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Monday, April 16, 2007

Miss Independence


When I was eighteen I started out at the local community college; I was paying for my own education and I needed to work part-time as a bank teller to finance my degree. Like most college freshmen, I was sort of undecided: in my heart I knew I was born a teacher, but having had a string of furry pets during my teenage years made me flirt with the idea of veterinary medicine. Bravely, I enrolled in some science courses until I realized I had a tendency to faint at the sight of blood and that my hatred of math--present since birth--only intensified and deepened.

Never one to dawdle at decision-making, I quickly changed my major to secondary education, reasoning that I could become an English teacher and blend the best of both worlds: I could still work with animals, but there would be a lot less blood. (rimshot)

I was caught in such an odd, in-between world. I was in college, but I was living at home. I was working and earning my own money, but I was living at home and had a curfew. It was the strangest thing. I had always been self-motivated and independent, but it felt like I should be somehow different now. What was the answer?

Cigarettes.

That was the Big Blow I Struck For Independence. I started smoking.

Laughably, though, I couldn't really do it much. I couldn't smoke in the car, because technically, it wasn't mine, it was my parents'. And I couldn't really do it much in very public places because my mom and dad knew everybody. Mom was a teller for the same bank I worked for. Dad was a security guard at the steel mill in town and knew every person, every cop, every family, and everybody who went to our church. It was ridiculous. So, when did I smoke?

In class.

Back then, in the late seventies, we could smoke in class unless somebody objected. And no one did. So, for my eight o'clock Eighteenth Century British Lit. class--oh my god, what a yawner!--I'd stop in the cafe, get a huge coffee, grab my pack of Salem Light Longs or Kent Somethings (I forget, but they were in a silver and green pack, I think), and head to the back of the room. That class nearly killed me for a variety of reasons. Can you imagine drinking like 24 ounces of coffee and smoking probably 4-6 cigarettes while meandering through the likes of Alexander Pope, Jonathan Swift--and let's not forget Dryden. Dryden. I mean, I was supposed to read Tristram Shandy for that class. (I never did, you know. I just thumbed through it, came across those odd blank, black, and swirly pages and did an essay on those. BS'ed my way through it and Dr. O. thought I was a genius. I did, at least, have the grace to feel guilty about that.)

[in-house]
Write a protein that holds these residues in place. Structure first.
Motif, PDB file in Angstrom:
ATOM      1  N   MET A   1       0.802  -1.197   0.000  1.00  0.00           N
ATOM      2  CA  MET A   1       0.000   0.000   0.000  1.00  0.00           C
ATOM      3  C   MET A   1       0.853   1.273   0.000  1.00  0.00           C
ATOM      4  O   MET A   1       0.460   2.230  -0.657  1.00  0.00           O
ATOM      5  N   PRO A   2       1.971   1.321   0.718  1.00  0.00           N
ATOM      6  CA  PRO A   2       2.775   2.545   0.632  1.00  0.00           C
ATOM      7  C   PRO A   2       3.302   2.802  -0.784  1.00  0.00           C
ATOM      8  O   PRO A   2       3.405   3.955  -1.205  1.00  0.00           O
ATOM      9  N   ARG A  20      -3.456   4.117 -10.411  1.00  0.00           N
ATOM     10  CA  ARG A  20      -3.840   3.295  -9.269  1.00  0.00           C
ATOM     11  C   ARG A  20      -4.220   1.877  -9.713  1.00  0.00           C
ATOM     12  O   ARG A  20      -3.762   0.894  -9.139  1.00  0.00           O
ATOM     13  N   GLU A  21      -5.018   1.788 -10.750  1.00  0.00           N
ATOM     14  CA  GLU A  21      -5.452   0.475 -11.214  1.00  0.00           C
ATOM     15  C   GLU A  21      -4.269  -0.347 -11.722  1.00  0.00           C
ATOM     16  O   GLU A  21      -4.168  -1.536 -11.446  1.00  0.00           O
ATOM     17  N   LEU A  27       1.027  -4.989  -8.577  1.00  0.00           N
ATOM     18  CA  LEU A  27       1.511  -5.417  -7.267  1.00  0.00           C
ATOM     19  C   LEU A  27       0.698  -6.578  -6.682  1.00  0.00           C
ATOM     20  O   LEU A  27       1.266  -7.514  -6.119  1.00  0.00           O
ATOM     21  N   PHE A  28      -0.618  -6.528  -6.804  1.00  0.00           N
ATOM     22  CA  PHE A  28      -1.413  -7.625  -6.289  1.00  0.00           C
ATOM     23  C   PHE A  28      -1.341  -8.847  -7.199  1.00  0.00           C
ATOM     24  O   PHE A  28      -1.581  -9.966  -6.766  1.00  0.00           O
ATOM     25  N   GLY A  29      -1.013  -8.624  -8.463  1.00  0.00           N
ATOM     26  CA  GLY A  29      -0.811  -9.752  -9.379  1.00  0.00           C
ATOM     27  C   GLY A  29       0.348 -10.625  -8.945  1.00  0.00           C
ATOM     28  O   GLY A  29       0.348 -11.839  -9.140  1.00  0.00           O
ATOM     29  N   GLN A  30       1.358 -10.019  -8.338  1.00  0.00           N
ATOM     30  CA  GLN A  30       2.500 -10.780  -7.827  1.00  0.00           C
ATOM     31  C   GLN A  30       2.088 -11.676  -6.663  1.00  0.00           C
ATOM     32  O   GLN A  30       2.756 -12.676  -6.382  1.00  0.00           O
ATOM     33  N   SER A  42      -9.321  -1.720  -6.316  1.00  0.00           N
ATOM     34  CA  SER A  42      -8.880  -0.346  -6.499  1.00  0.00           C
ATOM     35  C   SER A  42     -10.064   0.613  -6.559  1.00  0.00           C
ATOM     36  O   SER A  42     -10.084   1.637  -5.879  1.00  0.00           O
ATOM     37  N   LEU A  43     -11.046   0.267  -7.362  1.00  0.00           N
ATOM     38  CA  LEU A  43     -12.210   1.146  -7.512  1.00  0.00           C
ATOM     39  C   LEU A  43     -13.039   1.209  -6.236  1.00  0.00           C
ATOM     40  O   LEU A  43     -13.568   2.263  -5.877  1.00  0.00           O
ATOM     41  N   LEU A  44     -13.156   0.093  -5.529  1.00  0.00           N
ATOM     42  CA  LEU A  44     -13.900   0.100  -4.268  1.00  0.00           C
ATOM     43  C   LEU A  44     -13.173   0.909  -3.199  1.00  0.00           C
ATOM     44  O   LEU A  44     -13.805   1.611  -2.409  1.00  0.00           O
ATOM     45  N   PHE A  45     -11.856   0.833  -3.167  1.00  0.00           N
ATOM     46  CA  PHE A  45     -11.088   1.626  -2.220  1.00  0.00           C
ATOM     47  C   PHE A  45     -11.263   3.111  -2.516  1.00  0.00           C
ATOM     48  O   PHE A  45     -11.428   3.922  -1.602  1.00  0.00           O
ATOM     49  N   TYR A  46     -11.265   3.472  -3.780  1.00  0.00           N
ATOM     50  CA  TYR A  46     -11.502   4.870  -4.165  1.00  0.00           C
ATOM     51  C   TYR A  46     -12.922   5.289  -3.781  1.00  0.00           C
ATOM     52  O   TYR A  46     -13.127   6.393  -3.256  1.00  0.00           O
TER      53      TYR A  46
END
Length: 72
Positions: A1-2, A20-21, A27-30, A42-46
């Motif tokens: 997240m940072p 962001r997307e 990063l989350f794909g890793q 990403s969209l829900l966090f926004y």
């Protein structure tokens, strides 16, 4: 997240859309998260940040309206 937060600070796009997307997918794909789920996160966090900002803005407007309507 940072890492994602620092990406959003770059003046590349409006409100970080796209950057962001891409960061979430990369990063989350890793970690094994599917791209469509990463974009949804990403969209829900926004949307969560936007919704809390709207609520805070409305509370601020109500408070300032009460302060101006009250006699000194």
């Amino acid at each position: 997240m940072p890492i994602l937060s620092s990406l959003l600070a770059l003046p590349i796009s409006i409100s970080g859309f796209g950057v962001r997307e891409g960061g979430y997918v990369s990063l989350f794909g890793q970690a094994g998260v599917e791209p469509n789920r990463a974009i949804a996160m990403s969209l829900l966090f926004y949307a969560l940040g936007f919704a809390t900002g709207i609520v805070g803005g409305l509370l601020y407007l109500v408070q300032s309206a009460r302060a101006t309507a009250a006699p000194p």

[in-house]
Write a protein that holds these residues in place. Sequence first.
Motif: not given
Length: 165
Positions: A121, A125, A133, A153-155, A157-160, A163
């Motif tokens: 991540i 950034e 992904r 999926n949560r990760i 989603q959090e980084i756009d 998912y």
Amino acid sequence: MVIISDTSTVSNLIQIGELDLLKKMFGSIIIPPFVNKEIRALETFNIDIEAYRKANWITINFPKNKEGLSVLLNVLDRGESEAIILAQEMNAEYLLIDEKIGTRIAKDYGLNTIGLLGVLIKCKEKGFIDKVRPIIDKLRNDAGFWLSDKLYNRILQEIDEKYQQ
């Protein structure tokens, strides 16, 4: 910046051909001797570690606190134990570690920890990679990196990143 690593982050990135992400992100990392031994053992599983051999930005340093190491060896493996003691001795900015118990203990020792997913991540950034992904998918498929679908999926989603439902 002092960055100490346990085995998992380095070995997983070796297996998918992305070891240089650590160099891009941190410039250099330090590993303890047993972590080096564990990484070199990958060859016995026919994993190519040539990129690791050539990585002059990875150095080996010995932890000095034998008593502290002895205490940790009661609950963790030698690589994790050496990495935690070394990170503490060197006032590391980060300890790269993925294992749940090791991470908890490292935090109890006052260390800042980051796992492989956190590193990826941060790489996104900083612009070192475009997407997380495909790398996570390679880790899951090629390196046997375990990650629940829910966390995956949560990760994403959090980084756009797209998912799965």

But I digress.

Back to My Rebellious Smoking. I smoked like a smudgepot during all my classes and felt very professorial and beatnik and English-studentish. I even gestured with my cigarette and used my empty styrofoam coffeecup for an ashtray. How pretentious I probably--no, surely--looked. But I wasn't the only one. There were lots of us, but I bet I was the only one doing it for a sense of dangerous independence. The only one who had to do it there because if she didn't, her mother or father would find out and probably ground her or lecture her and make her feel like a disappointment. Sigh.

But it didn't last. In November I met a boy, and that made me quit cold turkey. Because there was one thing I really detested about me smoking and it was this: I hated the way I looked when I was smoking. I thought it made me look hard and cheap and tawdry and trashy. I hated the way my mouth looked when I would draw in, and no matter how hard I tried, I never looked cool or sexy or even smart when I let the smoke out. So, when I met this boy, I just stopped. And that was it. Because I knew if I didn't, sooner or later, he'd see me smoking and it would be awful.

The funny thing is, that was almost thirty years ago, and every once in a while, I still get a yen for a cigarette. I completely understand people who try to quit, over and over again. I get it. But it looks ugly. And you know me. That's enough.

20 comments:

  1. Ah, the things we did to pretend we were adults. ;) Glad you nipped the habit in the "butt". :)

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  2. Oh, I do wish I would stop smoking!!! I hate the way lingering smoke smells in my house, on my clothes, in my hair, on my breath. But I do enjoy that nasty habit, I really do. And when I do try and quit, I get so mean and irritated that I can't stand myself let alone anyone else. And how on earth do you have that morning cup of joe or evening glass of wine without a cigarette? That is just down right scary to me! I've never thought about the way I actually look while smoking...I'm going to have to check that out. Maybe then I'll quit. Anyway...enough about me. I'm glad you were able to kick the habit. And what is all of this really about? Did you find one of your boys smoking?

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  3. Ahh, the things one can get away with having divorced parents with joint custody. I guess it's also a different world now than it was back then. I did get away with a whole hell of a lot.